Monday, August 5, 2013

may you always have enough peace and love

At least once a week, the topic of me doing a year of service comes up in conversation. Either I'm talking about a Sister of Mercy, a roommate, a student I taught, or a restaurant I loved in Downtown Detroit.

I've written about Mercy Volunteer Corps numerous times on this blog, and blogged about it while I was serving.

But last night, after telling my mom that I had picked up the new group form the airport and got them settled into their house, she asked me "and why did they choose to do a year of service?". Her question took me off guard. My (along with my former roommates Dave and Nate) conversation with the three ladies was more about where they are from and where they will be working, plus giving them tips and tricks to living in Detroit. But I failed to really ask them what their motivation was for being here, for deciding to go this route. I can sort of piece together why, based on our conversation, but we didn't go deep into that topic.

And it's probably the most important topic.

Like anything, you get out of MVC what you want to put into it. So your motivation for committing to doing a year of volunteer work, living in a city you don't know with people you've never met, and making only $100 a month- is pretty darn important.

Then I started to think- shoot. Why did I do a year of service? And here is how my thought process went after that.

Usually when people ask me that, I give my blanket answer. I was getting ready to graduate from college. I couldn't find a job. I was googling something at 4 am in regards to Mercy and found Mercy Volunteer Corps. It sounded like a good idea. I liked Mercy, I liked volunteering. Sounded great to me.

And that did actually happen, but why did I actually decide YES, let's do this. I had other options. I could have moved back home with Mom and Dad and spent my summer searching for a job. My uncle had offered for me to come down to Tennessee and stay with them for a while, look for jobs in Nashville (my dream city) and help with his kids. I could have found a few part time jobs in my college town while I looked for a "real job" and stayed on the west side of the state. But something made me apply to Mercy Volunteer Corps instead. And a few months later, there I was at orientation, meeting my roommates for the first time.

I was the first and only Mercy Volunteer to be placed in their hometown. I rarely went downtown back then, though, and knew very little about Detroit. But the site where I wanted to work was in Detroit (Cristo Rey High School), and so I ended up there. With my parents just 30 minutes away.

All of this was fate. For some reason I applied. For some reason I was placed in Detroit. My year with MVC was probably the best year of my life. It's hard to explain what happens to a person when they are living a simple lifestyle, have three amazing roommates and are surrounded by compassionate, loving people. But it sure changes you. Some of my coworkers now will complain about their young adult children, and my go to answer is "they should do a year of service". Seriously. It should be like a requirement. Because it changes you. But only if you want to be changed. You have to be open to change, to seeing new things.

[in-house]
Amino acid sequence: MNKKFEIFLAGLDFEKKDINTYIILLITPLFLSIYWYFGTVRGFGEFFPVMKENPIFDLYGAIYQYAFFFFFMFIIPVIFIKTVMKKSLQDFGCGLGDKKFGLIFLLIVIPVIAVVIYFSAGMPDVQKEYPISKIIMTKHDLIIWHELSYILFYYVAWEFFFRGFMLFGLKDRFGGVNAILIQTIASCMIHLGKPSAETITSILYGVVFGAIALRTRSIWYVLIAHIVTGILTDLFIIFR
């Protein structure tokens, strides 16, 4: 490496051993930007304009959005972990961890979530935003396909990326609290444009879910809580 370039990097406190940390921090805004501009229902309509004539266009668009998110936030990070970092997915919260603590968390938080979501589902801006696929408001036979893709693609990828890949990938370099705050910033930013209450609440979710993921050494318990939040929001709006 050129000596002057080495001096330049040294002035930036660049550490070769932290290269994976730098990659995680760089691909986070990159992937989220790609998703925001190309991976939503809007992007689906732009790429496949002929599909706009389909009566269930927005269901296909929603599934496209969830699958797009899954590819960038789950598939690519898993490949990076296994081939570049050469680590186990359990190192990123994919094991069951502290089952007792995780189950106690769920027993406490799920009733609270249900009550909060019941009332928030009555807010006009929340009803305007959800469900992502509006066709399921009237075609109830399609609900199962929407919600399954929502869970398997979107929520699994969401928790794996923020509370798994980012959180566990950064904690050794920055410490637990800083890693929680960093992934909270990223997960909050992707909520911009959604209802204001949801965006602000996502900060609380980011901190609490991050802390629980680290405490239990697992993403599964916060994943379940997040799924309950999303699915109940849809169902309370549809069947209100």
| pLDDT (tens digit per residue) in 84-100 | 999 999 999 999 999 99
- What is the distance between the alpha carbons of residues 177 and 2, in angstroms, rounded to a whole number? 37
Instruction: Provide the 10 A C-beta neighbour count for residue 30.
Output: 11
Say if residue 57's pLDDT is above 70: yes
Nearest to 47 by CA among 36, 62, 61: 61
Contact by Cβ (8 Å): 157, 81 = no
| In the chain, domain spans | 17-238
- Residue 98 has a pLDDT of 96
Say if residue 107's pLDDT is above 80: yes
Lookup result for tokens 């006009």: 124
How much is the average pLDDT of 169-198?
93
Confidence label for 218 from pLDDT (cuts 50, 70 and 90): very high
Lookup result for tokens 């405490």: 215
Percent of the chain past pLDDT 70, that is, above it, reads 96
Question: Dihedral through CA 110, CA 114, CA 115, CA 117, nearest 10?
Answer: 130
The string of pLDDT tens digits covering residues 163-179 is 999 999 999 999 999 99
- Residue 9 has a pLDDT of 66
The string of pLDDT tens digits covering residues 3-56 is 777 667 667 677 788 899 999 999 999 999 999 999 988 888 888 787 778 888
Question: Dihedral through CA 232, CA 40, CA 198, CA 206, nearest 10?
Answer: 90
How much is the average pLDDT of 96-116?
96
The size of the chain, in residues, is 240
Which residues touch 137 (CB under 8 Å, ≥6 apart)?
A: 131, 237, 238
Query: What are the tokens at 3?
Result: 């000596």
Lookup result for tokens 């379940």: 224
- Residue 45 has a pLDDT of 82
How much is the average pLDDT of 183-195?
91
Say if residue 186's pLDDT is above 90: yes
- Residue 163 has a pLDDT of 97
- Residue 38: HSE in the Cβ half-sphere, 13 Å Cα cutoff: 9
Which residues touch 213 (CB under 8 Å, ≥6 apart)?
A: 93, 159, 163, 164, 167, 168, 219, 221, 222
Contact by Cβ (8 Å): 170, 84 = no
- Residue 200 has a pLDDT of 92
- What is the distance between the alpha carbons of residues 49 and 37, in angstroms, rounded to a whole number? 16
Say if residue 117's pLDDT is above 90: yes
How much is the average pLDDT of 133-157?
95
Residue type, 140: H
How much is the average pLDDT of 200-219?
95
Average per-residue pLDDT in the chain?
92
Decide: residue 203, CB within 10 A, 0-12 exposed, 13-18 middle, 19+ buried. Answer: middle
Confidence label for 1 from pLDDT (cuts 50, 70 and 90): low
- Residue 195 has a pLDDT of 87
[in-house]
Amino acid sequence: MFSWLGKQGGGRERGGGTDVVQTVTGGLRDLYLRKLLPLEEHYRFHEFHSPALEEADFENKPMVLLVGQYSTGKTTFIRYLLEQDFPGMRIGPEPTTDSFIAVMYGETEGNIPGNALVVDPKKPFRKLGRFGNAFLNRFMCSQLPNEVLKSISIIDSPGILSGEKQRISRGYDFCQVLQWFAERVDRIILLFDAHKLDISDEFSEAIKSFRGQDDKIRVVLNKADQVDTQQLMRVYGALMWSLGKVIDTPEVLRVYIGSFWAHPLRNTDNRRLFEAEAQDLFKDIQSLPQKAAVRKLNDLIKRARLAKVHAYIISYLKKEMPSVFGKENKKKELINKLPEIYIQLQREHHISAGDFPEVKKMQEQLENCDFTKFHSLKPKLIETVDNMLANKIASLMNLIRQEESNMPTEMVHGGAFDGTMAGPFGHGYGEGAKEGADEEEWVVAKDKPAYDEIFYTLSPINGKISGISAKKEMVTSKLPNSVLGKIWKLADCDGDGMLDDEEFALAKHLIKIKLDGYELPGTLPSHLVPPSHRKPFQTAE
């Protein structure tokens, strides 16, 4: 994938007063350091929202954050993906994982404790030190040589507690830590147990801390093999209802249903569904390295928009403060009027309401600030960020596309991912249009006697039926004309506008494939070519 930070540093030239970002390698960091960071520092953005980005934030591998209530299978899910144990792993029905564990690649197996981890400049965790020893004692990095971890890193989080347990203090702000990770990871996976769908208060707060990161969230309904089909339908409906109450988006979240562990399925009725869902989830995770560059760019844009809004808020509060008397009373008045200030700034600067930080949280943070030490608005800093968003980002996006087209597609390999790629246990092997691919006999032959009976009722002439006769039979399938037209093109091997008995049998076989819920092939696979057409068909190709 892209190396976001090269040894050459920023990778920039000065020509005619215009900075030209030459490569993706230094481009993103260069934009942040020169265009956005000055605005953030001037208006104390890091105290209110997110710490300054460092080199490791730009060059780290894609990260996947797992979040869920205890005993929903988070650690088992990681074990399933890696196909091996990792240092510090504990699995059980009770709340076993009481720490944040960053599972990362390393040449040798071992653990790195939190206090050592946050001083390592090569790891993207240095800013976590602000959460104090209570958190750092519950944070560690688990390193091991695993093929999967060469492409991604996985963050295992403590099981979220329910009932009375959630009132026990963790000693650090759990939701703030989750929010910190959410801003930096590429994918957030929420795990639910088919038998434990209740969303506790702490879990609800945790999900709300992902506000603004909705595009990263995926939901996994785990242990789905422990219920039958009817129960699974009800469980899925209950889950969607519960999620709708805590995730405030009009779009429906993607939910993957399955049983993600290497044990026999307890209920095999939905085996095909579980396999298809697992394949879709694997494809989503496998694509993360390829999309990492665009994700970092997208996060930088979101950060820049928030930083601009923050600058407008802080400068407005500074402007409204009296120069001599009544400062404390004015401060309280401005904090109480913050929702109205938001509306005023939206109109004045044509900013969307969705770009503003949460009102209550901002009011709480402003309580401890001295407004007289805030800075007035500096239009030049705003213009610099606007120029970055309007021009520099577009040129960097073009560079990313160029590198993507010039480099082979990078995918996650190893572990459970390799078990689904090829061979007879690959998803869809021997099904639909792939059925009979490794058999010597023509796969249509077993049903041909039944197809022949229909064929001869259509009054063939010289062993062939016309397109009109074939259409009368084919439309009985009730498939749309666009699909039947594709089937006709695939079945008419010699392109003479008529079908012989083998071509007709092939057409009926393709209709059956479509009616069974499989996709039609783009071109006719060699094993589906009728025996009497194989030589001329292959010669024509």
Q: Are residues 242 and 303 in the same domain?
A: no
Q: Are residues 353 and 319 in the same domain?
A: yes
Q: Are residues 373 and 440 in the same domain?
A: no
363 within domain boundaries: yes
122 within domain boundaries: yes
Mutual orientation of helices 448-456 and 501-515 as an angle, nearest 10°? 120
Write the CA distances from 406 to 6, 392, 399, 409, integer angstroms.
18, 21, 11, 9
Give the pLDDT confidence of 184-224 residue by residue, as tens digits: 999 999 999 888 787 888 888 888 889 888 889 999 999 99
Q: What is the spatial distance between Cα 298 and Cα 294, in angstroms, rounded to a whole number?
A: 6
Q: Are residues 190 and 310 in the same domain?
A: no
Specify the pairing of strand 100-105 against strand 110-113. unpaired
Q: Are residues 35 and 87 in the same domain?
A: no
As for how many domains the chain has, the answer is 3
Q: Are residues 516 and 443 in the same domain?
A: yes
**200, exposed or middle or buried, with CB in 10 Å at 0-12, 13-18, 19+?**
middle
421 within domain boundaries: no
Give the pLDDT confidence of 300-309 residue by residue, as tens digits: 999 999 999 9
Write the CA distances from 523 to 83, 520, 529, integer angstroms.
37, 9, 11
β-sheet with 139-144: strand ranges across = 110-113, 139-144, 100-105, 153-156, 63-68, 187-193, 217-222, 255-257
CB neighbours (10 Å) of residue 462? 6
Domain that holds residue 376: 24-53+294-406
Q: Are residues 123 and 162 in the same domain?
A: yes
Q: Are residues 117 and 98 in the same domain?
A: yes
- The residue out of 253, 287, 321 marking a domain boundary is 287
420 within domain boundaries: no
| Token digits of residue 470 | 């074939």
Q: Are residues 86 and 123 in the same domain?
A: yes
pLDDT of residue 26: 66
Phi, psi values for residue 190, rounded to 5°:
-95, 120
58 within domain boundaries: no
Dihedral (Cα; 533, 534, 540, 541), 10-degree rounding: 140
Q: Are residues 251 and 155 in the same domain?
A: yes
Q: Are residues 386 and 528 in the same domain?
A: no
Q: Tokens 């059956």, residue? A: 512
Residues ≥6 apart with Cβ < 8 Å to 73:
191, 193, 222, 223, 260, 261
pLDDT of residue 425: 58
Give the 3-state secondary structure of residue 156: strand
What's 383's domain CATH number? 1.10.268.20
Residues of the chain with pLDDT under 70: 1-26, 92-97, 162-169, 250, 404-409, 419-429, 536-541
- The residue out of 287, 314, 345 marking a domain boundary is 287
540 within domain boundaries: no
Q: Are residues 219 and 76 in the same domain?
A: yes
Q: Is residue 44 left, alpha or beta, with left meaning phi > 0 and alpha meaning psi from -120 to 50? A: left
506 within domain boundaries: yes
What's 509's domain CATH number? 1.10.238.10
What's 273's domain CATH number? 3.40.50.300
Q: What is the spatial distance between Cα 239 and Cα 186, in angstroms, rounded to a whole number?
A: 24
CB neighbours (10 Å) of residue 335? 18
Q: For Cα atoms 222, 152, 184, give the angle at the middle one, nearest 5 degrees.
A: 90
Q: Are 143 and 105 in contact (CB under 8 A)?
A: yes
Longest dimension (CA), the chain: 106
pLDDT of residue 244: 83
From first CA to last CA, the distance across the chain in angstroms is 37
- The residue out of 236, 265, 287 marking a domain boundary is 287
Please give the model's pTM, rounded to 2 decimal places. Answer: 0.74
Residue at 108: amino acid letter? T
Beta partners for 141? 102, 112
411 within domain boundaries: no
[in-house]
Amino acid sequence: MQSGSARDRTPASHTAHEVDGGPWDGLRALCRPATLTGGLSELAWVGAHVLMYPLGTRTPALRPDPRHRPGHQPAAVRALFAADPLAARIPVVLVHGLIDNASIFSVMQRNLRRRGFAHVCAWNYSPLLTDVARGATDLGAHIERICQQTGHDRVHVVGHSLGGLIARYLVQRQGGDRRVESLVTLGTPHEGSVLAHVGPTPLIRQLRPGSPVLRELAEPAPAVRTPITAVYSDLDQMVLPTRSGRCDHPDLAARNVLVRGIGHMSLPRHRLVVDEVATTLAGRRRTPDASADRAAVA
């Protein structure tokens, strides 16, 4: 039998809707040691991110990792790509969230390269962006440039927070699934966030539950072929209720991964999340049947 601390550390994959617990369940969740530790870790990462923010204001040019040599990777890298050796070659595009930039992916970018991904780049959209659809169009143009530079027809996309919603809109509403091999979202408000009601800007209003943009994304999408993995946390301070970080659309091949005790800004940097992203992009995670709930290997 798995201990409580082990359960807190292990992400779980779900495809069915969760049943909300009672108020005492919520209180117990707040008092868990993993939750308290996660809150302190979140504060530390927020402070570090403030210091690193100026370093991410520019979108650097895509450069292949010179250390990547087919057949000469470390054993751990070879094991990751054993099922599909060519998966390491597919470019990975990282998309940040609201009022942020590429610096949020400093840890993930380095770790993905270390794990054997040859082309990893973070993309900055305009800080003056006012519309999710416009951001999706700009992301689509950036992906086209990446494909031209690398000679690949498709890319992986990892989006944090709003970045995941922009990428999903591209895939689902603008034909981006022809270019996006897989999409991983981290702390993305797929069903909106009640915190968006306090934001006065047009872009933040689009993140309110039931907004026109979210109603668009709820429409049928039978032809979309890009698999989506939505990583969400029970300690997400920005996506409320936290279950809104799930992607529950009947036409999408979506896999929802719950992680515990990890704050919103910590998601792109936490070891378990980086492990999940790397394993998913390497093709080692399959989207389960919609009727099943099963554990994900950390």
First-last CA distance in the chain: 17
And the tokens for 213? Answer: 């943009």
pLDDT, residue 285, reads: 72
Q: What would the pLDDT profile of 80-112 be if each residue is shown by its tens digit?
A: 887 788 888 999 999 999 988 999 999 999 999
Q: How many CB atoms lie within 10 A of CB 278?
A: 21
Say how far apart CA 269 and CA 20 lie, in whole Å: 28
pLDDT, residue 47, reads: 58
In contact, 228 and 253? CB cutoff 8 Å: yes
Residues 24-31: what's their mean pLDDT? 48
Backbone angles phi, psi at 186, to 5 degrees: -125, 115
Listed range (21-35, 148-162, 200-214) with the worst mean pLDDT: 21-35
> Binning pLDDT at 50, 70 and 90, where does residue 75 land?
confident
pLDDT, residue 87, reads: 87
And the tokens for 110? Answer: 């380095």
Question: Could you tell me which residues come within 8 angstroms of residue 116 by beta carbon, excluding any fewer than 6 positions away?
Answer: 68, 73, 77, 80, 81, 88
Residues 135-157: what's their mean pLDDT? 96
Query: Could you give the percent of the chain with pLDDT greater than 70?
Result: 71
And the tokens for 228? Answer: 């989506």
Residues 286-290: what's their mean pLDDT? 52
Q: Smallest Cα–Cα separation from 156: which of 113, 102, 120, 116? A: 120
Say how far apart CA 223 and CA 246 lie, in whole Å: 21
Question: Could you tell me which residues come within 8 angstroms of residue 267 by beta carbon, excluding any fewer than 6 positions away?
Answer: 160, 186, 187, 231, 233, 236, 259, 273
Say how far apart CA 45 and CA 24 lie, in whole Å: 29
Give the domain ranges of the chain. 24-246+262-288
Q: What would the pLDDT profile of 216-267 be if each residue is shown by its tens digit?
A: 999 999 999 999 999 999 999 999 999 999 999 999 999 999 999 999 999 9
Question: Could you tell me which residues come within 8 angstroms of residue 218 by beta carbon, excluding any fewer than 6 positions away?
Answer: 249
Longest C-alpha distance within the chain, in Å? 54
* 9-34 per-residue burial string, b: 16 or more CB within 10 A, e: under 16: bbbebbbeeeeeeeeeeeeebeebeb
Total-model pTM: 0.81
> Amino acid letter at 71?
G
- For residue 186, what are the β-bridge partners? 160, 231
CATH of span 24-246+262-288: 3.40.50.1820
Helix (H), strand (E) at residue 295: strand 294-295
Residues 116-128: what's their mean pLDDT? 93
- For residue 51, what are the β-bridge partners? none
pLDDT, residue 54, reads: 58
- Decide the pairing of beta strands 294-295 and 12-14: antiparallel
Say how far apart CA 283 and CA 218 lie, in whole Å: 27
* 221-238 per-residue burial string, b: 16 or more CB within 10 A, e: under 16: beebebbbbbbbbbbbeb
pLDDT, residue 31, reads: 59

And maybe that, my friends, is why I chose to do it. Maybe I was ready for a change. I had spent my four years of college struggling- with anxiety, food issues, drinking, fighting with "friends", etc. I think I was looking for a change, something to ground me again and make me see the world a little brighter.

MVC exceeded my expectations. The program changed me, that's for darn sure. I had a better relationship with both myself and God when the year wrapped up. I pushed myself outside of my comfort zone. I took my spirituality seriously. I learned how to save and how to live simply. But most importantly, I think that's the year that taught me to love. To love myself and to love life. To give love and how to show love.

Thank you, Mercy Volunteer Corps, for not only changing my life, but for continuing to change others.

To the newbies: Welcome to Detroit. It's a beautiful city, despite what you hear on the news. Give us a chance, jump right in. Embrace the new experiences.  May you learn to love.

PS: The blog title for this post is taken from the song Peace and Love by Blessid Union of Souls, which reminds me much of my year with MVC.

4 comments:

cjohnson@mercywmw.org said... Add Reply

Thanks for sharing your MVC thoughts. Beautiful! Canice

bk86 said... Add Reply

Nice post Megan! My new co-workers and I at Saint Xavier University were talking about how we want more than 4 of our alums to be a part of MVC.

Shari said... Add Reply

Such a special experience you had. I love that you're still so involved, too, and that you get to share your wisdom with the new volunteers. :)

Melanie Schulz said... Add Reply

Sounds like an amazing year.